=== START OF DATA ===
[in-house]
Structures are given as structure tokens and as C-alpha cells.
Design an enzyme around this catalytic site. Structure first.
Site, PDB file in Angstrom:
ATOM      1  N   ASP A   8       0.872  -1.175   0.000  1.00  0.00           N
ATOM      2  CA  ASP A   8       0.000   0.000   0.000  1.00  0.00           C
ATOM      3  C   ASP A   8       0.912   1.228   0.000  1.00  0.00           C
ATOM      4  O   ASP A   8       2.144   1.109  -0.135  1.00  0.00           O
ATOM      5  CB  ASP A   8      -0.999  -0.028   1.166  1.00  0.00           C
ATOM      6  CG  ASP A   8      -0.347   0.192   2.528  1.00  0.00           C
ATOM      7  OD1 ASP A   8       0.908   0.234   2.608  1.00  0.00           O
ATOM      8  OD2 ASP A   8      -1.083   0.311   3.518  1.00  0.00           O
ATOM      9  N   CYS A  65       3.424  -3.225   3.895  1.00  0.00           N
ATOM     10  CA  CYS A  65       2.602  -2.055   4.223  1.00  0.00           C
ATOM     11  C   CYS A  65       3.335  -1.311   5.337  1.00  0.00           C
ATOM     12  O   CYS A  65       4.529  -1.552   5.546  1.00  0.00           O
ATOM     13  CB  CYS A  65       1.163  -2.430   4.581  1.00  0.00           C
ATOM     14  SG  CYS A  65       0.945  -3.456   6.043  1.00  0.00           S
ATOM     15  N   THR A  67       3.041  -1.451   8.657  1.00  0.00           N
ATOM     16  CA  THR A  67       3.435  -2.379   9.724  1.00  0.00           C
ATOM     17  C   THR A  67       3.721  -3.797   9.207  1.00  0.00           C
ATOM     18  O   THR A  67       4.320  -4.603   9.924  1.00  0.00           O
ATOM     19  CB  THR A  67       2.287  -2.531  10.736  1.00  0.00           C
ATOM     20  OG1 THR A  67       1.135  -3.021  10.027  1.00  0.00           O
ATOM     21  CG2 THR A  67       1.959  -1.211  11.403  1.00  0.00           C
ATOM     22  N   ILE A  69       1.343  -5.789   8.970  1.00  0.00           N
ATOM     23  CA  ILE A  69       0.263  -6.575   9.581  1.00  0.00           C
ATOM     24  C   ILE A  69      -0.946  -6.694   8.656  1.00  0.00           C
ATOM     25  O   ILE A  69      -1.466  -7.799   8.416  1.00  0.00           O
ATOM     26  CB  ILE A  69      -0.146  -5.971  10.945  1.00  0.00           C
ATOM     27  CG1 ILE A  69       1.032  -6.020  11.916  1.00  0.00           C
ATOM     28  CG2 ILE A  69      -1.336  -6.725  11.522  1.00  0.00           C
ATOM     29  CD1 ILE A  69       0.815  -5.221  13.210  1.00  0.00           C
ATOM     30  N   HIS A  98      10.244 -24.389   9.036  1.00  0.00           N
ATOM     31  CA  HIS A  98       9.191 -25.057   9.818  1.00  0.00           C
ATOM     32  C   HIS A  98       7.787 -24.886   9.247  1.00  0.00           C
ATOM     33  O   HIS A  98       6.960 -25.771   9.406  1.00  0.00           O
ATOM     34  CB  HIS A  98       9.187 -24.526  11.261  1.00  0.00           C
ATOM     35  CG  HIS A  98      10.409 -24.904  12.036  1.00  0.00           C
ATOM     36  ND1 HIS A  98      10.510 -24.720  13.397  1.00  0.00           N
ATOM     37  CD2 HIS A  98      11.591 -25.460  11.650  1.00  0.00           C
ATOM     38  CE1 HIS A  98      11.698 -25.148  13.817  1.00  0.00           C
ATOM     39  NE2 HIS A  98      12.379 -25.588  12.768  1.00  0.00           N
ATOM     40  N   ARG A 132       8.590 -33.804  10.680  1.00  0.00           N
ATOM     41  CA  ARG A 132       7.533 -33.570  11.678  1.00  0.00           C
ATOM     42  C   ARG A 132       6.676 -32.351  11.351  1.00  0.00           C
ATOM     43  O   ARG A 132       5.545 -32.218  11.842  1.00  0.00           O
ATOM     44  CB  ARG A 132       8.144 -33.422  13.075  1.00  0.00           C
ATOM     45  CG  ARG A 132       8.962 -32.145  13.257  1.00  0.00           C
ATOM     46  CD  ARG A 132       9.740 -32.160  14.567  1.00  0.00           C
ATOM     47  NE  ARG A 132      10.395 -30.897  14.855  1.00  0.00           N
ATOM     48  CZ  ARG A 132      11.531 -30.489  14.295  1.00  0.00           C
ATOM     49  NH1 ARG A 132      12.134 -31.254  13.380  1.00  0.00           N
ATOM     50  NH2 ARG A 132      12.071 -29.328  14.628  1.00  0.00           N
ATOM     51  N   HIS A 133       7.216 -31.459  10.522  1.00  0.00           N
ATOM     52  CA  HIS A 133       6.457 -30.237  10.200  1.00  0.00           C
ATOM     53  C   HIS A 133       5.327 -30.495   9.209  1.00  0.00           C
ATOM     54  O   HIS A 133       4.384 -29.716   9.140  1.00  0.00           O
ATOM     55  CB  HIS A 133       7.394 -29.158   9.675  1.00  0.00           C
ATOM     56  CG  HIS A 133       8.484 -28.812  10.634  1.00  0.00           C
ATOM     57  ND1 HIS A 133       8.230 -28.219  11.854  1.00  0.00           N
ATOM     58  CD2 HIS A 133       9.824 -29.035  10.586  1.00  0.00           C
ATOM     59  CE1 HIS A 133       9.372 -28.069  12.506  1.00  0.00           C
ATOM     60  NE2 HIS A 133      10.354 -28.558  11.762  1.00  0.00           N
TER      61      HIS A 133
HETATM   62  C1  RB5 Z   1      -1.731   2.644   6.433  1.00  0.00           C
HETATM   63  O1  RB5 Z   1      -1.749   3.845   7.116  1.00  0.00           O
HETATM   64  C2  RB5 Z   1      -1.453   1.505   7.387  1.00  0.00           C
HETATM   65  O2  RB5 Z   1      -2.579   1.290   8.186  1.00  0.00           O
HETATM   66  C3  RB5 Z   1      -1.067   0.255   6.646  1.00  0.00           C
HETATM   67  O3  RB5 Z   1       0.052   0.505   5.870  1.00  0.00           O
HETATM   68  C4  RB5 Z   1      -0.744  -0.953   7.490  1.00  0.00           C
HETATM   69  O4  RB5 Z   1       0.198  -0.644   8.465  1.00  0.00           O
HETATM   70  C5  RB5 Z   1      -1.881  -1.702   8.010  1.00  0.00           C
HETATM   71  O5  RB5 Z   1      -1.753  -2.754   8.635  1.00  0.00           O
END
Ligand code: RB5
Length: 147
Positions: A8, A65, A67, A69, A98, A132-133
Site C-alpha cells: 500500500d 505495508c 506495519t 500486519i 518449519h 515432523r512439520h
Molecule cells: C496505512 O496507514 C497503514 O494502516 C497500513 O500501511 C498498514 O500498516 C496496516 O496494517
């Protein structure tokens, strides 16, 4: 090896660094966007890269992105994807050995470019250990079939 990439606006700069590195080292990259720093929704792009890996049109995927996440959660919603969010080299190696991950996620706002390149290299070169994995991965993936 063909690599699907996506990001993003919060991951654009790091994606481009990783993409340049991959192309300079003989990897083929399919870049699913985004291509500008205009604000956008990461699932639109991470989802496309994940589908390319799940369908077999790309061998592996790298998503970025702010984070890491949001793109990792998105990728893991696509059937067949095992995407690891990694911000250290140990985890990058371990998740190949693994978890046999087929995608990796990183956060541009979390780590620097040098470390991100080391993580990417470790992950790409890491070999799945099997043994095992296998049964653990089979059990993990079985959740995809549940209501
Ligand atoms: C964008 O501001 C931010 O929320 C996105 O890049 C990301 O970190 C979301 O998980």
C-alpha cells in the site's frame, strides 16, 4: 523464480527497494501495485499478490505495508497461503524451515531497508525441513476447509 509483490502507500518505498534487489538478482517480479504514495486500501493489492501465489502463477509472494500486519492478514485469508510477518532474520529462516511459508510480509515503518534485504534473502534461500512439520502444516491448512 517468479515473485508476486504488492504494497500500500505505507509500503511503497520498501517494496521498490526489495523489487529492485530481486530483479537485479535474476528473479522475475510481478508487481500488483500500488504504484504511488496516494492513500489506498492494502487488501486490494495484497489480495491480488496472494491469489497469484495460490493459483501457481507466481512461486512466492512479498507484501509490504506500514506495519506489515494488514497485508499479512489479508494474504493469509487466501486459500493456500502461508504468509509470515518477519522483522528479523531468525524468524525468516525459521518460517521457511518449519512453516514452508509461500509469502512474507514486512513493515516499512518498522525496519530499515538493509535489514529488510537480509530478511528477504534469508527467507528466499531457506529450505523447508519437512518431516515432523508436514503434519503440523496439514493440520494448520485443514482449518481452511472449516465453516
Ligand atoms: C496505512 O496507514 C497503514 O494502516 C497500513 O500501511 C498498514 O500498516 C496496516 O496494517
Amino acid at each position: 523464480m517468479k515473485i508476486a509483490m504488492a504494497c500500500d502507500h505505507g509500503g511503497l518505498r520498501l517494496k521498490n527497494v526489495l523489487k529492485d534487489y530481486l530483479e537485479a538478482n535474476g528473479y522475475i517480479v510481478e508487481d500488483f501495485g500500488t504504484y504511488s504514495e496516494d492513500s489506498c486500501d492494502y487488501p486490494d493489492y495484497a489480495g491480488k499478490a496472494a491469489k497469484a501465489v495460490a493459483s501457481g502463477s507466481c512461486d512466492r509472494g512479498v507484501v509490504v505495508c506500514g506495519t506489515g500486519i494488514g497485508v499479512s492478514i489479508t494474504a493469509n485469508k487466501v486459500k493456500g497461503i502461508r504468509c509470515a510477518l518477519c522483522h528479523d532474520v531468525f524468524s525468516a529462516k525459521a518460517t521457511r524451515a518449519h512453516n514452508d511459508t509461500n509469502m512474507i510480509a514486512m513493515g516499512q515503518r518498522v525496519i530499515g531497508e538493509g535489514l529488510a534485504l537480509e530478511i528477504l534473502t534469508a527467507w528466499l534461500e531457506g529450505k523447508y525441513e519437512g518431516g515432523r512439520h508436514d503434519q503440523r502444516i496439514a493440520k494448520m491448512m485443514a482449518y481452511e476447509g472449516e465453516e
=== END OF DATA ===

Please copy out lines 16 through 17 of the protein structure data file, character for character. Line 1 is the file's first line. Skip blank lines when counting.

ATOM     12  O   CYS A  65       4.529  -1.552   5.546  1.00  0.00           O
ATOM     13  CB  CYS A  65       1.163  -2.430   4.581  1.00  0.00           C